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Say Kanpai: A Peek Inside Japanese Beer Culture

“A civilization stands or falls by the degree to which drink has entered the lives of its people, and from that point of view Japan must rank very high among the civilizations of the world.”

Kenichi Yoshida — “Japan is a Circle”

The Japanese view their drinking very seriously. To them, having a drink is a unique opportunity to explore relationships beyond their formal boundaries – especially when it comes to work colleagues.

Japanese workers enjoying a beer after work. Image source: Asianet

Though not a hard and fast rule, one will often find that most Japanese, when they go out drinking, start off with beer for the first round. A real drinking party in Japan never starts until everyone clinks their glasses together to raise a toast – known as kanpai (‘cheers’ in Japanese, also sometimes transliterated as kampai). There is of course, also that added sense of unity knowing that everyone starts with the same choice of drink. That’s not to say that the people involved in the merrymaking won’t branch out to other liquors during subsequent rounds but because beer is a simple drink to prepare from just four basic ingredients, it became the de facto choice of first beverage at any Japanese drinking feast.

A typical izakaya (Japanese beer pub). Image source: All About Beer. (Photo by Noah Lederman)

Japan’s love affair with fermented beverages goes a long way. While saké (fermented rice beverage) and shochu (Japanese clear liquor) have enjoyed a long history, the procedures of beer brewing and selling only began in the last centuries. But despite a relatively short history in Japan, beer is today, the top seller in the domestic market of this archipelago. Along with liquor, it is beer that makes up for around half of the country’s alcoholic sales, dethroning saké and shochu to a secondary position.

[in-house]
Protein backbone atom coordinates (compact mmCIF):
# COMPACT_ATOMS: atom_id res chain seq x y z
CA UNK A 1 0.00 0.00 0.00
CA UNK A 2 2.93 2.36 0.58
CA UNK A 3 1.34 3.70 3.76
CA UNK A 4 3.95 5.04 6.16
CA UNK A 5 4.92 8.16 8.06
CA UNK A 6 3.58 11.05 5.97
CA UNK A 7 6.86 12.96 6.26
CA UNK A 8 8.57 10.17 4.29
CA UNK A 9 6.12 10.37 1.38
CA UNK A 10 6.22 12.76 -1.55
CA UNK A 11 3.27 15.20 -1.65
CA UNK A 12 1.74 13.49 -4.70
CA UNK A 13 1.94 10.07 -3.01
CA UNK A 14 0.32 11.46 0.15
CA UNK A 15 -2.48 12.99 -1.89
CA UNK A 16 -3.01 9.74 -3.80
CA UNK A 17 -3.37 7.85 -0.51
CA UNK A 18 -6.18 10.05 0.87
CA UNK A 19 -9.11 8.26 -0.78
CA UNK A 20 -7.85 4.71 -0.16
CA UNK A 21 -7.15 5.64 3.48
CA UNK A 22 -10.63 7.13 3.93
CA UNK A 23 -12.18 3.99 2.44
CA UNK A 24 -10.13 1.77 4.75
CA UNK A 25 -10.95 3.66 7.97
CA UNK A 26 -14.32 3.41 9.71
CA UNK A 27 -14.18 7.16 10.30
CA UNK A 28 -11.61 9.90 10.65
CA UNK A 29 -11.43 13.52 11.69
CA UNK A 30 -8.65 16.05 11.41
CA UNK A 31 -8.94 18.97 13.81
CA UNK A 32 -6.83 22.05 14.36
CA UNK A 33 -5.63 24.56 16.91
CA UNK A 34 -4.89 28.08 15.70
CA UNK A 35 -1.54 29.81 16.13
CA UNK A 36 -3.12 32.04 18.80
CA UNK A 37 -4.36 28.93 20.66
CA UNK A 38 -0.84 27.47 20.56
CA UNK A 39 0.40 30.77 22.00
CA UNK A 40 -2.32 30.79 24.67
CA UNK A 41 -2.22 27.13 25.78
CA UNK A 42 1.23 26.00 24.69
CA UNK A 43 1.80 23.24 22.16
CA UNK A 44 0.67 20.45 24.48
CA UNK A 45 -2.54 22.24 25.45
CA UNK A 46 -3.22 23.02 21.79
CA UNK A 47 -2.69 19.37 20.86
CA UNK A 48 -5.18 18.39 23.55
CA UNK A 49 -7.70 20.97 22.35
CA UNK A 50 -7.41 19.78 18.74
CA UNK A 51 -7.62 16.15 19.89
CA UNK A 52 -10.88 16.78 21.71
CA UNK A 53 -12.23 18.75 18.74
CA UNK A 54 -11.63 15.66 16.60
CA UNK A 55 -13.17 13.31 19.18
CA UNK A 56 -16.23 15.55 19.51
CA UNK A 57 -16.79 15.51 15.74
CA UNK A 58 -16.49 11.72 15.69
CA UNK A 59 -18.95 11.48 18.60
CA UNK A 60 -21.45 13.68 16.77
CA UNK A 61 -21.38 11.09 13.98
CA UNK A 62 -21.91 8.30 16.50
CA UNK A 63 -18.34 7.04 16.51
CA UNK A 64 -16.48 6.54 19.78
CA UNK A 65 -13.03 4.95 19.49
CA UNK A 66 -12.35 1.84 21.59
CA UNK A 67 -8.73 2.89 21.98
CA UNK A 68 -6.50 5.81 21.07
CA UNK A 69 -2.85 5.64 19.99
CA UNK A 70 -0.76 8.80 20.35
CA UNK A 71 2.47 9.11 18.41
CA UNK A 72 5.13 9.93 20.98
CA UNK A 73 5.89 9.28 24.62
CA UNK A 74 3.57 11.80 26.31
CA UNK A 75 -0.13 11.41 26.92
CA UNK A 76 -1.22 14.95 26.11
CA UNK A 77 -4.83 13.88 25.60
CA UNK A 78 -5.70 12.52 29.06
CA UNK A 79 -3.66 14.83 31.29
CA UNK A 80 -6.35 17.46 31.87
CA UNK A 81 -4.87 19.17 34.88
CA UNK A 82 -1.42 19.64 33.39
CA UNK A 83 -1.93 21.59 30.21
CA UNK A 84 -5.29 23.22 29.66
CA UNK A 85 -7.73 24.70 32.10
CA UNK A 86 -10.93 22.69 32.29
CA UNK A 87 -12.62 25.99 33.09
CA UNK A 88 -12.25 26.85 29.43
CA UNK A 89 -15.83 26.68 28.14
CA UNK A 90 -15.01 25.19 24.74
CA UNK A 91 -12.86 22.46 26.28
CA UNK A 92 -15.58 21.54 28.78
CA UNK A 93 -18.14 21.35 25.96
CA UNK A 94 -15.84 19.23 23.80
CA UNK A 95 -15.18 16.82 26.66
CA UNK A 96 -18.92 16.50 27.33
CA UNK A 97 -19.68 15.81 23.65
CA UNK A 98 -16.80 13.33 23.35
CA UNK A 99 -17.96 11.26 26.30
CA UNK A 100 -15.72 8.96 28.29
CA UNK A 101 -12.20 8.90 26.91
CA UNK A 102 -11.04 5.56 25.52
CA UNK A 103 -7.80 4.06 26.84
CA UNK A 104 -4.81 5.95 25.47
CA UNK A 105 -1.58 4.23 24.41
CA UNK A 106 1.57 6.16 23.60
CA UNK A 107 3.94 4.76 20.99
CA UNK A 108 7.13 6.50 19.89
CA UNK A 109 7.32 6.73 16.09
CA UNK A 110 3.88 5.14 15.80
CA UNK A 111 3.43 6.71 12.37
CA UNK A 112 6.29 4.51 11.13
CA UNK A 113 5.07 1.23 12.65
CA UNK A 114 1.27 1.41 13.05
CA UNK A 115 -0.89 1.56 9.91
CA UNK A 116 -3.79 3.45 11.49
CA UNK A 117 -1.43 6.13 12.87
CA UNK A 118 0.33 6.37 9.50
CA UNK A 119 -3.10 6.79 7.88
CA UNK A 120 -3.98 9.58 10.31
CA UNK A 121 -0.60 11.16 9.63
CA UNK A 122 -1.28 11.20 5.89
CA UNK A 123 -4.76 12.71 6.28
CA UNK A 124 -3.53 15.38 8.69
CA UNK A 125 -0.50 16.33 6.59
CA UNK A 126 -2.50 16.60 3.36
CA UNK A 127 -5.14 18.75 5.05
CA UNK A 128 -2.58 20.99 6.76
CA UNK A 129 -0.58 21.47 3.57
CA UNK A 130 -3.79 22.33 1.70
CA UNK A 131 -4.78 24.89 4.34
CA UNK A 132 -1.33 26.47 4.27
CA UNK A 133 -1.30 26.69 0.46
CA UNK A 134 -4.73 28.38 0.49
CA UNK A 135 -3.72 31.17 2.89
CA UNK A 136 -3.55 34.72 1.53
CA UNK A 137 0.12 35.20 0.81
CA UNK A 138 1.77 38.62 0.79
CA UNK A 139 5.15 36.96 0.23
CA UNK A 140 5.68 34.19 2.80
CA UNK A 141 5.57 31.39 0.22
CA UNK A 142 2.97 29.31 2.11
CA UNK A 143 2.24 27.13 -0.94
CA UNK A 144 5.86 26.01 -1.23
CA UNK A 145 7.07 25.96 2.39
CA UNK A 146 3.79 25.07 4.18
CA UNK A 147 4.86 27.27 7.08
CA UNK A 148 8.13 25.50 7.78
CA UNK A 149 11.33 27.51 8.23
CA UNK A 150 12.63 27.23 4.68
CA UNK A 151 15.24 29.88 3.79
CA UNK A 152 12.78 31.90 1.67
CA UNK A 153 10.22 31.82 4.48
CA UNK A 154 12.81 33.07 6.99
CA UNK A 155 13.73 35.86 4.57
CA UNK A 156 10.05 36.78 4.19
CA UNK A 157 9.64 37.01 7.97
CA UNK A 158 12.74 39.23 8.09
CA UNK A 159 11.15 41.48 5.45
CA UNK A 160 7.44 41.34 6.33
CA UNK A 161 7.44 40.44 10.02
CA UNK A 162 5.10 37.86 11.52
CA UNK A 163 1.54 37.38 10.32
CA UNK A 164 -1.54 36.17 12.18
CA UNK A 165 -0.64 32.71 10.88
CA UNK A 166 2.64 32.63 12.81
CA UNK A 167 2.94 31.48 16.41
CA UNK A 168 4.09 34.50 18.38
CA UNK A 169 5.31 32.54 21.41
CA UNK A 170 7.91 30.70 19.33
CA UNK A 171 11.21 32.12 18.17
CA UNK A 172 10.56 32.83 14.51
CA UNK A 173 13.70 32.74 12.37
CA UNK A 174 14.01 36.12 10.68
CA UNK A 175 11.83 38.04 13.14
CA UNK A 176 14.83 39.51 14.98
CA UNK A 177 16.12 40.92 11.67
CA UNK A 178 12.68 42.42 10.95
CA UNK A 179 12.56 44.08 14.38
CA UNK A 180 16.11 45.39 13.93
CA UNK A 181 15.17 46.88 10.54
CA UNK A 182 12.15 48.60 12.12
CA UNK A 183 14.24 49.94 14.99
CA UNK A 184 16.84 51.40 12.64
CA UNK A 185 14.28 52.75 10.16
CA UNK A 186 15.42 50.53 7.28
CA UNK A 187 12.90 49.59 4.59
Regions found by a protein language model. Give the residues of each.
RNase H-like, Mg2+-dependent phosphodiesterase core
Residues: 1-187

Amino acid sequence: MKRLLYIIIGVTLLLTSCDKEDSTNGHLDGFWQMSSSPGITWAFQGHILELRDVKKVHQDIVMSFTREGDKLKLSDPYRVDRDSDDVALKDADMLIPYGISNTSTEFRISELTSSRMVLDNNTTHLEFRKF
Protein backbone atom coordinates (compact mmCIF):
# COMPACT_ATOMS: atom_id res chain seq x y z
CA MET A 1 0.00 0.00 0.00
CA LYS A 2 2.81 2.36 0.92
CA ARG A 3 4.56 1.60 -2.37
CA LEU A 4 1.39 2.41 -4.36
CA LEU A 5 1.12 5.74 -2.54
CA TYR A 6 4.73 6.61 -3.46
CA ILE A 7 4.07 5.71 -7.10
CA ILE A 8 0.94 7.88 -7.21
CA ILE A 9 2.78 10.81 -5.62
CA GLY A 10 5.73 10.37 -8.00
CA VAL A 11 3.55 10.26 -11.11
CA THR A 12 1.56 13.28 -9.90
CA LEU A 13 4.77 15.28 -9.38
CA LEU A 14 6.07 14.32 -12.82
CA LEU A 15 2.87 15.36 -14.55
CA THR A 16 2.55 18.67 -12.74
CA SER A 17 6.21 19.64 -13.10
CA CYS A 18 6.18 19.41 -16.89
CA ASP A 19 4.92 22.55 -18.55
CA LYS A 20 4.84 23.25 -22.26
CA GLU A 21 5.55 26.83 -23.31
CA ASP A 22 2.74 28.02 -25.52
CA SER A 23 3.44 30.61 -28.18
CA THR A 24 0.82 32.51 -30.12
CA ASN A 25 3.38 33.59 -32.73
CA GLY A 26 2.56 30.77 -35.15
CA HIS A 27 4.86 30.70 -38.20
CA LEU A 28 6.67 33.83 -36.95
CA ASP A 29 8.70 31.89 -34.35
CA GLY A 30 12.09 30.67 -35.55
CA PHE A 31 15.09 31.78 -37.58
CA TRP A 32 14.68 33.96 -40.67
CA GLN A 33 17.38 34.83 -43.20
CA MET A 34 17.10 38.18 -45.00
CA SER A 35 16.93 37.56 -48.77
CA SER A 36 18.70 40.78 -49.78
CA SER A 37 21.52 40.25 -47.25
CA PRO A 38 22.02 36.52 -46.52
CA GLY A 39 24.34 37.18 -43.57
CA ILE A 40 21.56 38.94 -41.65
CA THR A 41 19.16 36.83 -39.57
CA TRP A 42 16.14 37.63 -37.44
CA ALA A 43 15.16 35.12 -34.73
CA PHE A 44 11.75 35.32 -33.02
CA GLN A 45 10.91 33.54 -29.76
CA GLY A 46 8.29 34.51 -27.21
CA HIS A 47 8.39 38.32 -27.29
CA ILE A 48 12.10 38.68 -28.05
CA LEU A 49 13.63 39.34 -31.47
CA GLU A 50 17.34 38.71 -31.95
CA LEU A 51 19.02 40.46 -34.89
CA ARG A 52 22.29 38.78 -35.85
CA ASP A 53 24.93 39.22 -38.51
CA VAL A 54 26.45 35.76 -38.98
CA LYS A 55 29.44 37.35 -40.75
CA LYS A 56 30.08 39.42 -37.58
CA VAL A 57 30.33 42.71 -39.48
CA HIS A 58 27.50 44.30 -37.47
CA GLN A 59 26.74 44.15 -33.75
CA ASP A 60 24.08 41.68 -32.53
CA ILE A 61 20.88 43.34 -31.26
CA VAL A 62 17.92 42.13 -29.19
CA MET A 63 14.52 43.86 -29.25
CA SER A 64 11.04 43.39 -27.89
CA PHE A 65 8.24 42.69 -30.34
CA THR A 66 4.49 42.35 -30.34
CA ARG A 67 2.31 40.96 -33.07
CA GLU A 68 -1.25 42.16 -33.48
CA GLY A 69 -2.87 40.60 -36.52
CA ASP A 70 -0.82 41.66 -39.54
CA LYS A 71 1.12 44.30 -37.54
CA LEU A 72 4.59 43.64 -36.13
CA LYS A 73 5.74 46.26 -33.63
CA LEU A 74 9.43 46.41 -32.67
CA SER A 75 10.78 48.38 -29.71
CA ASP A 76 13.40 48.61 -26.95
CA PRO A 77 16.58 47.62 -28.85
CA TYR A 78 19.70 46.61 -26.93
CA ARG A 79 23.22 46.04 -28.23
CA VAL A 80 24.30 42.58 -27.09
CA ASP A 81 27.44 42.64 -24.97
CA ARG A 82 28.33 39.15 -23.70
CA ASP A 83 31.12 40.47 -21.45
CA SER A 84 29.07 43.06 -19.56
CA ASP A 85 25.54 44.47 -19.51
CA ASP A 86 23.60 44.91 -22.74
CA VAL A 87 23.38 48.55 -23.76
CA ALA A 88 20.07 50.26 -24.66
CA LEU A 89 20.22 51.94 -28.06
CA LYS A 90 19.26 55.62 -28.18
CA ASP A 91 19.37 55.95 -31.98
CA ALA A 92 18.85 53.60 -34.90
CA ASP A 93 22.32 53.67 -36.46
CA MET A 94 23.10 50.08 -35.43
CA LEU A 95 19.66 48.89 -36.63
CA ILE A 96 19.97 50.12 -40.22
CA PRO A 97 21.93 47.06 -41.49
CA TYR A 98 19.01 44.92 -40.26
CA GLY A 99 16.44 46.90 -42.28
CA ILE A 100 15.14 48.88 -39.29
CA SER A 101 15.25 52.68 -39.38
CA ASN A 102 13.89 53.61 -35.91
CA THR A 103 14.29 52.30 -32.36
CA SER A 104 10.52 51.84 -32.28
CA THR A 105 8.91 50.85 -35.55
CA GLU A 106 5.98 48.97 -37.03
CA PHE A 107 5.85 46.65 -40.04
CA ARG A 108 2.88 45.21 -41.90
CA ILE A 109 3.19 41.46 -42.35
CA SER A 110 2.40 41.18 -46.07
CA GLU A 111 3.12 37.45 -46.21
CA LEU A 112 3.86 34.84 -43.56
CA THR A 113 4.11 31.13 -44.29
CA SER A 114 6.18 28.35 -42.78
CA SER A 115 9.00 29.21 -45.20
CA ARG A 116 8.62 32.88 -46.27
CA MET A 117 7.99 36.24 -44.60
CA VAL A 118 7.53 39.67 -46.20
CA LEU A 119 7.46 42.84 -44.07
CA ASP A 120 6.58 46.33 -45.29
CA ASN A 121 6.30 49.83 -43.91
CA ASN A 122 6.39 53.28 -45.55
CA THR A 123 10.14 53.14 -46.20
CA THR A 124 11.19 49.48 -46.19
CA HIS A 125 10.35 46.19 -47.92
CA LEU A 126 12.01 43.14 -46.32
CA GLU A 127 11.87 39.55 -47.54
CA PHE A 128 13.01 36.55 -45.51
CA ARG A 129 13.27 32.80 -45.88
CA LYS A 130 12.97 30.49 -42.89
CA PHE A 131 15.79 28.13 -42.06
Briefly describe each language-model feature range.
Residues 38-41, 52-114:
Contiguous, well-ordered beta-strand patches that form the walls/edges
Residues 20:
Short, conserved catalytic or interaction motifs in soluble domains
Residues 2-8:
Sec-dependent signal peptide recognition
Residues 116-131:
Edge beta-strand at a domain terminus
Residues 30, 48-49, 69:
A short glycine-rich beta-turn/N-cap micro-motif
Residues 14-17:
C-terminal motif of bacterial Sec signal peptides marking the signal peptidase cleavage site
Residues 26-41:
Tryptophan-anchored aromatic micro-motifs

Arrival of Beer in Japan

A historic image of The Osaka Beer Brewing Company in Japan. Photo: Asahi
Asahi Super Dry became the bestselling beer in Japan in 1997. Photo: Shutterstock

It is said that beer arrived in Japan several hundreds of years ago thanks to the Dutch traders who set up a ‘beer hall’ in Nagasaki for sailors during the Edo period (17th century). But it was only until the latter half of the 1800s when the establishment of breweries became common. A Norwegian-American by the name of William Copeland established Spring Valley Brewery in Yokohama in 1869, a private company that would eventually go on to becoming Kirin Brewery Company – one of the cornerstones of the Japanese beer market. Around the same time, a brewery in Sapporo opened up, establishing Sapporo Beer in 1876. That is why, until today, there is still a debate as to whether the birthplace of Japanese beer was Yokohama or Sapporo.

Vintage Kirin Beer Ad Posters. Image Source: Pinterest

Regular Japanese Beer vs ‘Sort-of-Beer’

One of the curiosities that are so unique to Japanese beer is the three different ‘species’ of beer.

A market that was once dominated by large players like ‘Big Beer’ brands like Asai, Kirin, Suntory and Sapporo – Japan’s beer choices were primarily limited to commercially produced light lagers. Regular beers like Asahi Super Dry and Sapporo Premium, contain normal malt content and are taxed domestically at the highest rate. The alcohol content of these beers is typically around 5 per cent.

Japan’s top commercial beer players. Image source: Yatta-Tachi

But beer producers in Japan have played it very smart. Due to an archaic taxation system that only measures malt content, not alcohol – Japanese brewers have devised a category of much more inexpensive ‘beer-type’ beverages that are not legally classified as a beer, but nonetheless, circumvent this excise. These are Happoushu (low-malt beer) and Daisan no bīru (third beer) or Shin-janru (new genre) – also popularly known as ‘sort-of-beers’.

Happoshu which translates to ‘sparkling alcohol’, is a recent recipe which has far less malt content as compared to Asahi and as such, is lighter in taste and cheaper on the pockets. Daisan no bīru on the other hand, is the so-called ‘new genre beer’ known for its innovative brewing. It is completely malt-free and the recipe uses pea, soy or wheat instead, earning it the title of ‘diet’ or ‘draft’ beer.